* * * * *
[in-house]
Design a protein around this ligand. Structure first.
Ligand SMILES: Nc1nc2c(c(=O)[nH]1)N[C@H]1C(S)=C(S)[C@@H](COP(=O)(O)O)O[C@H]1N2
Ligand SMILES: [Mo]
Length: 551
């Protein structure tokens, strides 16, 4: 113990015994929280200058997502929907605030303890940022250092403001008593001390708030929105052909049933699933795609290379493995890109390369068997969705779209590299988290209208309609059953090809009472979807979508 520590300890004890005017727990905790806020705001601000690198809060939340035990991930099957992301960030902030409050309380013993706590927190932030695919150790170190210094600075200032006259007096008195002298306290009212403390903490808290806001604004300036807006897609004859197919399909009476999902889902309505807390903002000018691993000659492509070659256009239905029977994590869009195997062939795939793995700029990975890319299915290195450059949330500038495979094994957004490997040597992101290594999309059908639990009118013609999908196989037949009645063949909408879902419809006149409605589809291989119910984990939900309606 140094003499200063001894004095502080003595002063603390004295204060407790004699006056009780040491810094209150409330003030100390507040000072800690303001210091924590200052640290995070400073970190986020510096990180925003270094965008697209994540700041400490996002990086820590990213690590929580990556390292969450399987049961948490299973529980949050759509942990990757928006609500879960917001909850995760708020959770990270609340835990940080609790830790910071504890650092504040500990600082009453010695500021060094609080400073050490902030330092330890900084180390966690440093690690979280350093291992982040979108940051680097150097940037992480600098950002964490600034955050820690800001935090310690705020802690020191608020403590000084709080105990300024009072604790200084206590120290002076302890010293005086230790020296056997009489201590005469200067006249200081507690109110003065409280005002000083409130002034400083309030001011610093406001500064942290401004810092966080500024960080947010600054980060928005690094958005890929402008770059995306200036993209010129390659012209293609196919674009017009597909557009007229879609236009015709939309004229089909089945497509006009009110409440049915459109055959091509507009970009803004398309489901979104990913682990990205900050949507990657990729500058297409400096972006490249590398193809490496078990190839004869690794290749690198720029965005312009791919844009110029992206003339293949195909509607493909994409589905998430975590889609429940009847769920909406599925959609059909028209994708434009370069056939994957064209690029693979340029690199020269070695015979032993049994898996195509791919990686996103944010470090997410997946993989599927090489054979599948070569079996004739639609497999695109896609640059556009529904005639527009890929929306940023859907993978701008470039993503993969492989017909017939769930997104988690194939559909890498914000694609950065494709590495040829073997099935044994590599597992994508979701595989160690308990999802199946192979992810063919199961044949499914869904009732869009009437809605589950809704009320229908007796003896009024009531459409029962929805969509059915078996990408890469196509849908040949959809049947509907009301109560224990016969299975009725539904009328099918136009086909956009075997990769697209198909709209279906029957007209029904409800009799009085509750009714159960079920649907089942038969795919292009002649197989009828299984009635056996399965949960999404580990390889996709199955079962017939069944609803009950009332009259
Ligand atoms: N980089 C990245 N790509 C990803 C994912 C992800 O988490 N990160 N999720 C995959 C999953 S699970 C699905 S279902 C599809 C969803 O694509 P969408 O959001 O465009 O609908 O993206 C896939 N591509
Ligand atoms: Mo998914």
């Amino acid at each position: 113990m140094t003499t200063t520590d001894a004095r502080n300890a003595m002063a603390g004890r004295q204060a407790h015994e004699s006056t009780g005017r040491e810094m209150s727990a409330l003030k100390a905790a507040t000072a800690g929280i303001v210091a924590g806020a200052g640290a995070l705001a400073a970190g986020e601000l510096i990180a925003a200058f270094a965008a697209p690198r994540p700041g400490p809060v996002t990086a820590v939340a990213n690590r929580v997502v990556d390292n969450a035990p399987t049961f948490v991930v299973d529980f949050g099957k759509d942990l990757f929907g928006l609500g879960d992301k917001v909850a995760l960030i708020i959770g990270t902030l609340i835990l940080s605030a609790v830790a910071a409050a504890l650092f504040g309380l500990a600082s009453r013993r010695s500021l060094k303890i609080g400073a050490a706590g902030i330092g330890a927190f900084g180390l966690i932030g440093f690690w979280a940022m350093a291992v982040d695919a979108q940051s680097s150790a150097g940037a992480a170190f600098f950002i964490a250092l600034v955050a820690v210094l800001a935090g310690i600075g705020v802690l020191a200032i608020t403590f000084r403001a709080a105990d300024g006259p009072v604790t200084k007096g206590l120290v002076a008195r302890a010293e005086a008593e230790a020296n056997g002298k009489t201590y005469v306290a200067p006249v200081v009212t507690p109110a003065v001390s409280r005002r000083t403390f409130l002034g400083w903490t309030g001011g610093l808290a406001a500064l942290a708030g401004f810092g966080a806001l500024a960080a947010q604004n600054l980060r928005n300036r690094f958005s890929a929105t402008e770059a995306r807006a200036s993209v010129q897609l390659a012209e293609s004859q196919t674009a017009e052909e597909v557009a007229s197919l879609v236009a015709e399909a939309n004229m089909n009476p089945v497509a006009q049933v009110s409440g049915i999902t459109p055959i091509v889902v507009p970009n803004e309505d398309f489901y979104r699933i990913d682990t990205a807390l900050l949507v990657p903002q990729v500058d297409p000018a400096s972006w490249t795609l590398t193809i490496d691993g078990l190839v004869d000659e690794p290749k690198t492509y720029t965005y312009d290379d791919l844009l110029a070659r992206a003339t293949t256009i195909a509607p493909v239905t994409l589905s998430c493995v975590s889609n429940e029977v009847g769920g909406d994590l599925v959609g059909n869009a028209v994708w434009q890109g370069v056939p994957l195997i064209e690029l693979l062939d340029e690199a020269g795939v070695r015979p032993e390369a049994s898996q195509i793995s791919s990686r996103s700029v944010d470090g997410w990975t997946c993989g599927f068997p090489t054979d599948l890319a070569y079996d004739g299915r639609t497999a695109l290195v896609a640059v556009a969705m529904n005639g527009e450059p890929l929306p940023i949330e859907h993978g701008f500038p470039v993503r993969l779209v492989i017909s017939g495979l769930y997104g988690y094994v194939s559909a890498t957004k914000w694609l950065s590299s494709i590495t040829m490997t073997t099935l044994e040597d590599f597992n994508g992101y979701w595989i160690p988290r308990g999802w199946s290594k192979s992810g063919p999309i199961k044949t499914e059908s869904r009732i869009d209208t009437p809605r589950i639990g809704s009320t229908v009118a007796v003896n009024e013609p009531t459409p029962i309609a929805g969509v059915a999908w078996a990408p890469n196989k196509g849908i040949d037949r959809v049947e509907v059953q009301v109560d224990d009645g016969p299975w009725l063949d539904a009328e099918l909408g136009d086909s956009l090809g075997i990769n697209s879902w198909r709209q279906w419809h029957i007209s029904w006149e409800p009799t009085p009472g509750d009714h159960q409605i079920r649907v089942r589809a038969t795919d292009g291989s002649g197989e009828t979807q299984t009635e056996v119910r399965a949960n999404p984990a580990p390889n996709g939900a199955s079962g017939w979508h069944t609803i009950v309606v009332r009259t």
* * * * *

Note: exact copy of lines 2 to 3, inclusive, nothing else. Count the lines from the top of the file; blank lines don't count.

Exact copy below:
Design a protein around this ligand. Structure first.
Ligand SMILES: Nc1nc2c(c(=O)[nH]1)N[C@H]1C(S)=C(S)[C@@H](COP(=O)(O)O)O[C@H]1N2